In case you guys haven’t figured it out over the last couple of years, I’m not a morning person. I do my best to write my posts the night before they are due to go live but don’t always manage it. That’s exactly the situation I find myself in this morning. No post, not nearly enough coffee to start thinking, and my self-imposed deadline rapidly approaching. So bear with me as I try to find the zombie that took my brain overnight — and I really hope he didn’t chew too much on it — and then type one-handed, the other hand holding the mug of hot coffee that is all that stands between me and unconsciousness.
There’s a new player on the block in the self-publishing/small press publishing front. KOBO has opened its new self-publishing platform, Writing Life, live. I received my e-mail about it last night. I’ll admit that, while I welcome another player in the field, I have concerns as well. To find out what formats you can upload, what possible royalties you can earn, etc., you have to go ahead and sign up for an account with Writing Life. If you read the terms of service, you aren’t supposed to reveal what the royalty terms, etc., are without getting written permission from KOBO. That’s all troublesome to me.
However, what I do like about it is that KOBO is offering writers and small presses the chance to get directly onto their platform instead of having to go through a third party repackager or site like Smashwords. That takes one step out of the process and means you can get your book or short story up much quicker than before.
It also means that, unlike publishing through Barnes & Noble’s PubIt platform, you have another site that offers you international sales opportunities. This is very important, at least in my mind. The more avenues I have to sell my books, or to makes ure NRP’s books are available, the better.
There’s another reason I am cautiously optimistic about this news. With the international outlets and with KOBO’s e-book experience, it does look like it can position itself as a true competitor for Amazon’s KDP program. This is a good thing for authors, not that I expect it to quiet the Amazon haters. But look at it this way — as long as there is another platform out there offering similar royalty terms, offering international sales opportunities and that has a proven e-book store presence, Amazon can’t do too much to put the screws to authors or they will flee to the other platform. Of course, only time will tell.
For more information, you can check out the Writing Life FAQs here.
Speaking of Amazon haters, Facebook was alive with a number of them the last few days. Seems a fellow had put up a number of e-books that he claimed to have written but hadn’t. These books — by authors such as Heinlein, Cherryh, Clark and Scalzi, among others — had titles changed slightly but were not books written by this guy. Scalzi posted a quick blog about it, suggesting we all take part in some public shaming of the man. I’ve got no problem with that. In fact, it was a great way to get the word out about what this crook was doing.
But that wasn’t enough for some folks. No, while they decried what this supposed “author” had done, the fault, according to some of the comments on Scalzi’s blog and a lot of them on Facebook, lay with Amazon. It should do a better job of making sure this doesn’t happen. Every books published through the KDP platform should be checked against the “real” books published by “real” publishers. You see, according to these folks, plagiarism never happened under the old publishing model. Blah, blah, blah.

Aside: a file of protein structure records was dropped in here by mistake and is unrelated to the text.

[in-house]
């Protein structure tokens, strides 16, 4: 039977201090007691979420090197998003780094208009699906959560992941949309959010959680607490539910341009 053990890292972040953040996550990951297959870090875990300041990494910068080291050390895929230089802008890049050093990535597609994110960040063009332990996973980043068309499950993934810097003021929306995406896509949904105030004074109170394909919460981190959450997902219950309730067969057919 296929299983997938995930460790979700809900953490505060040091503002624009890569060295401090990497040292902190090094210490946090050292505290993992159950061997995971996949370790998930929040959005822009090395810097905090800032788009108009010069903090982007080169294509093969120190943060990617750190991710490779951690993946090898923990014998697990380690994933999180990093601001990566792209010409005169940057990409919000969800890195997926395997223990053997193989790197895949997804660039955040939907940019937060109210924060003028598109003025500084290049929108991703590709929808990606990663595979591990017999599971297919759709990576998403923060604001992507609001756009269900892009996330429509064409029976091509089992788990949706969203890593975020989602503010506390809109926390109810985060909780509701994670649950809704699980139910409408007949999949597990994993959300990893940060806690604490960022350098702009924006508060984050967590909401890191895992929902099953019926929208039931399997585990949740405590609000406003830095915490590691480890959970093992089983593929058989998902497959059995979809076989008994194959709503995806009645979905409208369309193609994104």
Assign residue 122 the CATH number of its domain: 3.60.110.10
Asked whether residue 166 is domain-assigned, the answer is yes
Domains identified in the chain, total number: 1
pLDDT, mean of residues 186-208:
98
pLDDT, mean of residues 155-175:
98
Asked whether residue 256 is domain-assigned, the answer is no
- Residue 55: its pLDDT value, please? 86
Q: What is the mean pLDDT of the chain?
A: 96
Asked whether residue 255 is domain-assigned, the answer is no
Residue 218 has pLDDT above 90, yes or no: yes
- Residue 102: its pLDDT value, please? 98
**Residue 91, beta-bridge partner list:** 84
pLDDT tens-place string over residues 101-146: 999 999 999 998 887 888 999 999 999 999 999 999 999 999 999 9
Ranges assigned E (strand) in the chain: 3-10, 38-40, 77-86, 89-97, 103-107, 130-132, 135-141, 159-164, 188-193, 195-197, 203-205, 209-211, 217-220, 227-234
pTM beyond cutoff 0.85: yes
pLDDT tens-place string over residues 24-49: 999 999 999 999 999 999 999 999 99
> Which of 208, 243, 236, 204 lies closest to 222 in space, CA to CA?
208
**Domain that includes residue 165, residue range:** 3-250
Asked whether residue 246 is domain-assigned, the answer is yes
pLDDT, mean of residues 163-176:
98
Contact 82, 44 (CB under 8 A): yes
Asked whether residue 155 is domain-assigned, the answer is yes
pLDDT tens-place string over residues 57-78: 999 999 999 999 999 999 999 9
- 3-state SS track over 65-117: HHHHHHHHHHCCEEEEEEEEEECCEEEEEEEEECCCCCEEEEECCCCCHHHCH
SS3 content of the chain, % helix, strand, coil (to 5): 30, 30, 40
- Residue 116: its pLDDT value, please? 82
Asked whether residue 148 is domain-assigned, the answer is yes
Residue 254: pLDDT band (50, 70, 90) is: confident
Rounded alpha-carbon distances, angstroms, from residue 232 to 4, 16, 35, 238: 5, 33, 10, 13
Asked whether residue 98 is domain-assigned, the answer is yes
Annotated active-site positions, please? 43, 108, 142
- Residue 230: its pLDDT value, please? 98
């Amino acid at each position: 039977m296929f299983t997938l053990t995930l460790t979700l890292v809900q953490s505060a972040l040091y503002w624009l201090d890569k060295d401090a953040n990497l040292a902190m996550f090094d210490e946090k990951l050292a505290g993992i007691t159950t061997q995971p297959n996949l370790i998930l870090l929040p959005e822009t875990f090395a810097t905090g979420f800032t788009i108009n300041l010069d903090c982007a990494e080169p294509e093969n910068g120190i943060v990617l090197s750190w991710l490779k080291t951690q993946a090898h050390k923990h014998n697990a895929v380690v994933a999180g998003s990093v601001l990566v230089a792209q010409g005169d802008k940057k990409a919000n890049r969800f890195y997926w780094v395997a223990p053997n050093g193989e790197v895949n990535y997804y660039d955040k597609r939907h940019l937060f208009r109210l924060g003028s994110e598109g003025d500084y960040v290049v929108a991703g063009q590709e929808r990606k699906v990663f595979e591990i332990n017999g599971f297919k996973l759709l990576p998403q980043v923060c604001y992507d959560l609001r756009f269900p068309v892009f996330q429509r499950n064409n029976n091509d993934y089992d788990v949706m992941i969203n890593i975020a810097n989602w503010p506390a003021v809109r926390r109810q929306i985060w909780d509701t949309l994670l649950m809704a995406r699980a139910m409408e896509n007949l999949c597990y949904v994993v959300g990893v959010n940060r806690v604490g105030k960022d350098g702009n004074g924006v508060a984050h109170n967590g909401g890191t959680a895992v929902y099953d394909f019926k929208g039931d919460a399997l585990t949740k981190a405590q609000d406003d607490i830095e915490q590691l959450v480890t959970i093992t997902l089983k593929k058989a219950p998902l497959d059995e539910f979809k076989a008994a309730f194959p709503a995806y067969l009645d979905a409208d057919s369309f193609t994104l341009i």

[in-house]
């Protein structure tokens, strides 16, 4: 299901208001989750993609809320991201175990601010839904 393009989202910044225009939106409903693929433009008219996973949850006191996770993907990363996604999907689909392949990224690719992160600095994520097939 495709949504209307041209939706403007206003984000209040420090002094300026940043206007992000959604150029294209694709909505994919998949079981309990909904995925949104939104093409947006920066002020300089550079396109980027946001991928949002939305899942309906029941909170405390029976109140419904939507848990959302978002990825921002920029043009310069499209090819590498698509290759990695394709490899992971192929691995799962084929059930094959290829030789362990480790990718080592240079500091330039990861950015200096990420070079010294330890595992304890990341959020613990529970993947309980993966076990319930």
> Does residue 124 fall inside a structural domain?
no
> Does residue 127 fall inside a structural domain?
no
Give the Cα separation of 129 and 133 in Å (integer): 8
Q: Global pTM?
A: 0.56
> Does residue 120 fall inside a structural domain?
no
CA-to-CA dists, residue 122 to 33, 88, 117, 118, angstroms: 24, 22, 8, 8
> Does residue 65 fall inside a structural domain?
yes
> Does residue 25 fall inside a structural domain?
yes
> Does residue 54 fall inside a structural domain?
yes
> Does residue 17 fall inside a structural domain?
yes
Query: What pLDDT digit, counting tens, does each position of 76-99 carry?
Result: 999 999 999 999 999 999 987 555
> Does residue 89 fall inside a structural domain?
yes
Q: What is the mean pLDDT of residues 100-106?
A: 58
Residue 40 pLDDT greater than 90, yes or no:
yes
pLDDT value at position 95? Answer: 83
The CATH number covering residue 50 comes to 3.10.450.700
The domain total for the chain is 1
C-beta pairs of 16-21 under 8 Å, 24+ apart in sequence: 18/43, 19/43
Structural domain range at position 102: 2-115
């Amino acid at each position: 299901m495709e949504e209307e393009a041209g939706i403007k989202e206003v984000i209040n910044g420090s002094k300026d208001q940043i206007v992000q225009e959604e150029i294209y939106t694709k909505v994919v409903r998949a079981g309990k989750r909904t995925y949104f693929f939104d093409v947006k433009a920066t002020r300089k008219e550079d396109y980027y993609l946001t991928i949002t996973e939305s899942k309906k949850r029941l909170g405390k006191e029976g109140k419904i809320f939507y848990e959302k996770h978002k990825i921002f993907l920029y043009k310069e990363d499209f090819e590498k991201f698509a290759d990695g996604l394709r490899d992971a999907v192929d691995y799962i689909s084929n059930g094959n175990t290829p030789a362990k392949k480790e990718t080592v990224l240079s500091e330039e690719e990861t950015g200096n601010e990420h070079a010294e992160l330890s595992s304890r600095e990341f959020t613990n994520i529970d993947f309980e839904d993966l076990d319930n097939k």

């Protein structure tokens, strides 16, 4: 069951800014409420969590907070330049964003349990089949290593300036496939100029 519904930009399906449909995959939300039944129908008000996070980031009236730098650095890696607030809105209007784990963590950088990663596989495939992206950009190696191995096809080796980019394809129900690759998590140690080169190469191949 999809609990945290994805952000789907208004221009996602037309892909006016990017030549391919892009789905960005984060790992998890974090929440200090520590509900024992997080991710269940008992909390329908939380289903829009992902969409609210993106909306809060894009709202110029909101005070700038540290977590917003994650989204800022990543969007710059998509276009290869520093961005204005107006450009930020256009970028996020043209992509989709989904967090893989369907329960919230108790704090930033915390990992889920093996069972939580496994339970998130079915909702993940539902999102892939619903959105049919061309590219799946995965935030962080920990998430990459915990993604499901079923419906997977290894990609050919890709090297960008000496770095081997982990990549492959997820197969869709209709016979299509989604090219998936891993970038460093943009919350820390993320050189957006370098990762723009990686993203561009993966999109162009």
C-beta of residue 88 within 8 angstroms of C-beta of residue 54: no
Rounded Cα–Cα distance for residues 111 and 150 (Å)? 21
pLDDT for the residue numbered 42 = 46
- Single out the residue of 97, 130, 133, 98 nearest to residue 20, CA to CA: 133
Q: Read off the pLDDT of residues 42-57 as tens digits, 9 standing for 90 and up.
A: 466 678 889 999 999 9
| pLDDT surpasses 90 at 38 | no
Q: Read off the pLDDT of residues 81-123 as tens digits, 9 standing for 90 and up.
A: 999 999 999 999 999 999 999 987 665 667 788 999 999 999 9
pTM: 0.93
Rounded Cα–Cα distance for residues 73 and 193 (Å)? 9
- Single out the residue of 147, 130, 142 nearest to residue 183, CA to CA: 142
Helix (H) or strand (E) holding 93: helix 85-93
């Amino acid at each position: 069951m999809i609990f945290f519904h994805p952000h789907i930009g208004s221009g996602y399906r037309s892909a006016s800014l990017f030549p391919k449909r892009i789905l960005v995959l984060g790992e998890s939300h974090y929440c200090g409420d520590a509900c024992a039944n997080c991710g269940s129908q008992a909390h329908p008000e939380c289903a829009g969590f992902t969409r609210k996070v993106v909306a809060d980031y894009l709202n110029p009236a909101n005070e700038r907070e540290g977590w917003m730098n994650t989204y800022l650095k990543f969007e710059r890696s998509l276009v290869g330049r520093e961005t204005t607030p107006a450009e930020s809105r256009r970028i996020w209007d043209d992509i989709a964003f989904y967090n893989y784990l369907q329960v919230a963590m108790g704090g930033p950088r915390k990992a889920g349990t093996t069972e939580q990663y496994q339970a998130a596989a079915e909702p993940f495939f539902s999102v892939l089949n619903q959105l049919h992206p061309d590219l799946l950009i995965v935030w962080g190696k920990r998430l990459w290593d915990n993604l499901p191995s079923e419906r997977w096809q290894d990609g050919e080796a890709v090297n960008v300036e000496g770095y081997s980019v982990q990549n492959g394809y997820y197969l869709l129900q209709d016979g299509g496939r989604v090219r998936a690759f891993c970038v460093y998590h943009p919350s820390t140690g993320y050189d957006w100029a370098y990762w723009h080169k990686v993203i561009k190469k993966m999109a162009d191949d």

Let me take a moment to remind these folks that this isn’t anything new and most certainly didn’t begin with Amazon and the KDP platform. I wrote previously about how Little Brown had to pull Assassin of Secrets when it was revealed that the author had plagiarized from a number of spy novels. Then there was How Opal Mehta Got Kissed, Got Wild, and Got a Life in 2006 and the controversy around it. Whole chunks of it were lifted from other books and the howls of plagiarism began within weeks of it hitting the store shelves.
These are just two examples. You can find many others just by googling the topic. So, to all those who want to blame Amazon, get over yourselves. It was happening before Amazon began the KDP program and it happens to “real” publishers too. What’s next? Are you going to demand Amazon fact check everything that comes through the KDP program as well?
I get that there are those who just don’t trust Amazon. They have bought into the “Amazon is evil” argument set out by their publishers or, like me, they are skeptics. I don’t trust Amazon not to try to change the KDP terms to their benefit at some point down the road. Nor would I blame Amazon if it did. Look, Amazon is a company. It’s first priority is making money for its investors. But that doesn’t make it the enemy. What it does is make me remember to keep checking the terms of service for any updates and it leaves the responsibility to me to decide when, if, I move from KDP to another platform.
It is the same responsibility I have to read the Writing Life terms of service and decide if I want to use that new platform to get my books out to a wider audience. I have to ask myself if the ToS is beneficial enough to move away from Smashwords and word directly with KOBO. Remember, you have to look at more than just the financial aspects of the agreement. You have to look at where KOBO will be selling your books, will there be DRM, how much more time will it take to prepare and upload a file to Writing Life as opposed to just uploading to Smashwords and letting them distribute to KOBO for you.
Will I be trying the new platform? Absolutely. I’ll report on it, within the terms of the ToS, later.